WaPo owner Jeff Bezos takes Gawker's side against Thiel

His advice: develop a thick skin, and spend your time doing something more productive

Financial trends and news by Steven Loeb
June 1, 2016
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After it was revealed that Peter Thiel had backed a lawsuit against gossip news website Gawker, basically for revenge, the reaction, at least among his peers in Silicon Valley, were mixed. Among those in the press, not surprisingly, the reaction was less one sided: they did not like seeing a billionaire use his money to destroy a publication he didn't like.

That's why it's so interesting to hear from someone with a foot in both words: Jeff Bezos, the man who founded Amazon, and who also bought the Washington Post for $250 million in 2013. Where would be come down on the issue?

 Speaking with Walt Mossberg, Editor at Large at Recode, at the Code Conference on Tuesday, Bezos made it clear: he does not agree with Thiel's actions.

 "Do you think somebody, who happens to be a billionaire, ought to be able to fund a series of lawsuits, regardless of their merit, whose real purpose is to put that company out of business, and destroy them, for personal reasons?" Mossberg asked.

"I don't," is how Bezos responded, though he declined to talk specifically about the Gawker case, which he said he did not know enough about. He, instead, spoke about the larger ideas behind what had gone on.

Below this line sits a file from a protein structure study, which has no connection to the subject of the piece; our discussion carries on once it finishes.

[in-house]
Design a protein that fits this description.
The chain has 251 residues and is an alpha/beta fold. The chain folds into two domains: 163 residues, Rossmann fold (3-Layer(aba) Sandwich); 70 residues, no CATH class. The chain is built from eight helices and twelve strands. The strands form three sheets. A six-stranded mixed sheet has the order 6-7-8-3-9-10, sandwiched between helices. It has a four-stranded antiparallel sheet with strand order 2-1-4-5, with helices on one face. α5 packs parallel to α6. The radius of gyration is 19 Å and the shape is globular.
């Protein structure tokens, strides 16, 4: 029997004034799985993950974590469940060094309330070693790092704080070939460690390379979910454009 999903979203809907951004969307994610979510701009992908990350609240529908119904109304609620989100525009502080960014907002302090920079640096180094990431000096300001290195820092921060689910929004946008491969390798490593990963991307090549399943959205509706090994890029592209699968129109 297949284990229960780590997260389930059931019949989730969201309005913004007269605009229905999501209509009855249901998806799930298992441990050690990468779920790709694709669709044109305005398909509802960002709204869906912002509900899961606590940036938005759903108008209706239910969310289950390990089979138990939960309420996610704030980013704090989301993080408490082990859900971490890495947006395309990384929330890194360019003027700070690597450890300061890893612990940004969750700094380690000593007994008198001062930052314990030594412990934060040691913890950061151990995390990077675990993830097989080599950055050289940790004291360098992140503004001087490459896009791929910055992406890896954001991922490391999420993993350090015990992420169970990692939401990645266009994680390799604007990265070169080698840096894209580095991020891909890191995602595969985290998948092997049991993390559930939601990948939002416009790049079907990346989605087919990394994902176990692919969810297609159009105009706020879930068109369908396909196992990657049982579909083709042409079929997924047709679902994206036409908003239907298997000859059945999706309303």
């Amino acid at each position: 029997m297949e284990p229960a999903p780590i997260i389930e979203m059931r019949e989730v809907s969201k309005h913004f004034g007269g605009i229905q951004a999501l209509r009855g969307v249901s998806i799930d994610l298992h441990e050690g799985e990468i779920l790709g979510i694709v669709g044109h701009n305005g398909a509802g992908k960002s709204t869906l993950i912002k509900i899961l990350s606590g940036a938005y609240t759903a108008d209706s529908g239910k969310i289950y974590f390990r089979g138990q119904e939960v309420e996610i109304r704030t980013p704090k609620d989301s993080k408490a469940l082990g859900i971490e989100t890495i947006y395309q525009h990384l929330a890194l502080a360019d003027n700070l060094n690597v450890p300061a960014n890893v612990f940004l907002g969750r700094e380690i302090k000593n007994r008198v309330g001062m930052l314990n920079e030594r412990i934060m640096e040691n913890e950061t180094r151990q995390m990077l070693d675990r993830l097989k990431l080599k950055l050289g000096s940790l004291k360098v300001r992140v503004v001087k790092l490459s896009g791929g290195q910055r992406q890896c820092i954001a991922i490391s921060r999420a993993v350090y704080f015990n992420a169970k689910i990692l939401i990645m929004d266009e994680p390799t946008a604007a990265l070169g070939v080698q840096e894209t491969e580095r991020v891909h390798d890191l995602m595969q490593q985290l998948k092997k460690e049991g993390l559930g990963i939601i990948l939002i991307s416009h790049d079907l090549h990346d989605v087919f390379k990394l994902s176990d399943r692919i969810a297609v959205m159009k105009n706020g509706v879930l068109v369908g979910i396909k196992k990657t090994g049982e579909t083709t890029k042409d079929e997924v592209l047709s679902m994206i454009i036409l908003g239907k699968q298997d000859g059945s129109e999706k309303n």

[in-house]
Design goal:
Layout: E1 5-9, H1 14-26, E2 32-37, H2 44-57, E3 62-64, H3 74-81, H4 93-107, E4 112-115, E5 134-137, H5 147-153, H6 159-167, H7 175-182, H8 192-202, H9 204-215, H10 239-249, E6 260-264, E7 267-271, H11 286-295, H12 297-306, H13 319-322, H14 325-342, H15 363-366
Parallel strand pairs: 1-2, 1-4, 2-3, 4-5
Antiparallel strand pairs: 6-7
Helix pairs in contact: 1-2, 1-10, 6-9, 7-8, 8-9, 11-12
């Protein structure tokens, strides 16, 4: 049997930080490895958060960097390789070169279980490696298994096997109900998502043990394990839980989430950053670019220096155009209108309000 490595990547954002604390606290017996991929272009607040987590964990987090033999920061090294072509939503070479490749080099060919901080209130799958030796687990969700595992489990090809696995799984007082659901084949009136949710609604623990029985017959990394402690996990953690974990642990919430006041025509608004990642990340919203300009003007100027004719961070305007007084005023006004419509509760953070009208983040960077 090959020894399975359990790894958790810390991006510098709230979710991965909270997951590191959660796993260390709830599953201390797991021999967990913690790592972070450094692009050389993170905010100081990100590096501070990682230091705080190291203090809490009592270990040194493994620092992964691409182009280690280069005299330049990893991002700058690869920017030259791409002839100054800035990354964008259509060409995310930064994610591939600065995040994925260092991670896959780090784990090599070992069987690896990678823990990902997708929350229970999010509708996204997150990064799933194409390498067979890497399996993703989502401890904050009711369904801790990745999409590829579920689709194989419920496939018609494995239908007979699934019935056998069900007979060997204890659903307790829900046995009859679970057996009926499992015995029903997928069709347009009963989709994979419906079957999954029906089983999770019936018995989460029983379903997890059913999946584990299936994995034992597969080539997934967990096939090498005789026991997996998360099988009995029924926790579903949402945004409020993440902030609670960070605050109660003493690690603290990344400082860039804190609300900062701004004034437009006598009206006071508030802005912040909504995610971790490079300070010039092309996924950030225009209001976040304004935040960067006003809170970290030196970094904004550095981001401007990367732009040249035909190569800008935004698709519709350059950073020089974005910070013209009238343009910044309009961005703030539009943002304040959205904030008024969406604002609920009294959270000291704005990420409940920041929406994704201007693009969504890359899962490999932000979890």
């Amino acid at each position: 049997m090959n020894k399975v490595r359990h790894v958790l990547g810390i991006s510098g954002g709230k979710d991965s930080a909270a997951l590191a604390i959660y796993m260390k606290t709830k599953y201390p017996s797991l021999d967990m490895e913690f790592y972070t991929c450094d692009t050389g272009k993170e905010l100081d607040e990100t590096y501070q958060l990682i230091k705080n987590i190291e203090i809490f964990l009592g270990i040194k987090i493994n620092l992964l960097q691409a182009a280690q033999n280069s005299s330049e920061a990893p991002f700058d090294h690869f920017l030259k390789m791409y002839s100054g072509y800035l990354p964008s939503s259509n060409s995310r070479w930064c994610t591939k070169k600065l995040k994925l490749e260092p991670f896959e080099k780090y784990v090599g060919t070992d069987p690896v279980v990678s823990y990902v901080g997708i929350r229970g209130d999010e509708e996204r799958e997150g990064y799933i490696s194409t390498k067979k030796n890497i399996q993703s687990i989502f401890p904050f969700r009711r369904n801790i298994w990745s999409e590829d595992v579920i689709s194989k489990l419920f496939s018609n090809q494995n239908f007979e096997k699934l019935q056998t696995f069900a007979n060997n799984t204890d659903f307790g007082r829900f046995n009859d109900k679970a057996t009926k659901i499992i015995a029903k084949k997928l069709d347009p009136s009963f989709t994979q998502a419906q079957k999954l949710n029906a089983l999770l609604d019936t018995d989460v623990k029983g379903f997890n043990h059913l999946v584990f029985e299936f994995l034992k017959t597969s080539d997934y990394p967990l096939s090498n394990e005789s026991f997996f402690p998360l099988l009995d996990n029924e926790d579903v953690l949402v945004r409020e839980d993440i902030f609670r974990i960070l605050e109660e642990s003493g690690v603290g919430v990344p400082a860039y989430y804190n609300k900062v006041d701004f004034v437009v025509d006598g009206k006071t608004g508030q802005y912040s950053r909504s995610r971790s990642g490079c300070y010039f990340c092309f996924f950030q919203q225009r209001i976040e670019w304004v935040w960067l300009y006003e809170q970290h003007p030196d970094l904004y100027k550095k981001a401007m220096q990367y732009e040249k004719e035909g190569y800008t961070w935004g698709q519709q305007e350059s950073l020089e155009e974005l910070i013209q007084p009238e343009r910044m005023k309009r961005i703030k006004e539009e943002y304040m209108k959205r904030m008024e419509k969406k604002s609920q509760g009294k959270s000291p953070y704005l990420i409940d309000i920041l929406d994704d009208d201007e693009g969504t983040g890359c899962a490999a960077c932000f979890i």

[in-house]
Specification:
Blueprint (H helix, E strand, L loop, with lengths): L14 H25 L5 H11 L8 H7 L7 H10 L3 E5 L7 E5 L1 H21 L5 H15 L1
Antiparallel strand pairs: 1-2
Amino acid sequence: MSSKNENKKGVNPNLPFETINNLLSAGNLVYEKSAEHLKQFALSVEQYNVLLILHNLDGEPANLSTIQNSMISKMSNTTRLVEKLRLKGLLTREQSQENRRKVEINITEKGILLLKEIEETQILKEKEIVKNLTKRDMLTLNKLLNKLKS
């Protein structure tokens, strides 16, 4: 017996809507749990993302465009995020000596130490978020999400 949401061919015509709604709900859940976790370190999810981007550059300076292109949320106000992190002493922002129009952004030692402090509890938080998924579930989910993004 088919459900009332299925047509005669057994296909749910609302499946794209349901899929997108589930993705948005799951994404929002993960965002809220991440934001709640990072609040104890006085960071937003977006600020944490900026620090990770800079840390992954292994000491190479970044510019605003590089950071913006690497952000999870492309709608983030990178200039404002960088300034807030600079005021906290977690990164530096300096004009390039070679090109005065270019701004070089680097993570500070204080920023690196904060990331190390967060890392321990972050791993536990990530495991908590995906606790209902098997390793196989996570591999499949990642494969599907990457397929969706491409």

"You know the old saying, it's contributed to Confucius, who know if its really Confucius or not, 'Seek revenge and you should dig two graves: one for yourself.' You always have to ask yourself how you want to spend your time. How do you want to spend your time, and your energy? And do you really want to do that trying to right some, even if it's legitimate, wrong?" he said.

"I think most people if they step back, take a deep breath, they would say, 'I'm going to go on and do great things. I'm going to do amazing things in the future.'"

His other piece of advice: let it go.

"The best defense to speech that you don't like about yourself, as a public figure, is to develop a thick skin," he said.

"It's really the only effective defense, because you can't stop it. Because you are going to be misunderstood. If you're doing anything interesting in the world, you're going to have critics. If you absolutely can't tolerate critics, then don't do anything new, or interesting."

Finally, he also addressed the issue of free speech.

"You always have to remember, this country has the best free speech protections in the world because of the Constitution, but also because of our cultural norms and you don't want to erode those," he said.

"You don't want to create any climate of fear, or chill, with respect to free speech norms. And the most important thing to remember about that is that beautiful speech doesn't need protection; it's ugly speech that need protection."

Ultimately, allowing people to say ugly things is partly what makes us a great society, he argued. 

"We don't have to like it, we don't have to invite those people to our dinner parties, but you should let them say it."

Split opinion on Thiel

With Bezos coming out on the side against Thiel, he joins Mitch Kapor of Kapor Capital, and Homebrew founder Hunter Walk, as those who have publically said they don't agree with what he did. 

"All this chatter about Thiel vs. Gawker makes me think of Alien vs. Predator (not that there's anything wrong with that)," Kapor wrote in a Tweet

On Thiel's side are Vinod Khosla of Khosla Ventures, who got into a Twitter debate with Recode's Kara Swisher about the topic. She did not take Thiel's side.

Marc Andreessen, Thiels' fellow Facebook board member, and founder of Andreessen Horowitz, along with his partner, Ben Horowitz, also backed Thiel.

You can watch Bezos' comments below:


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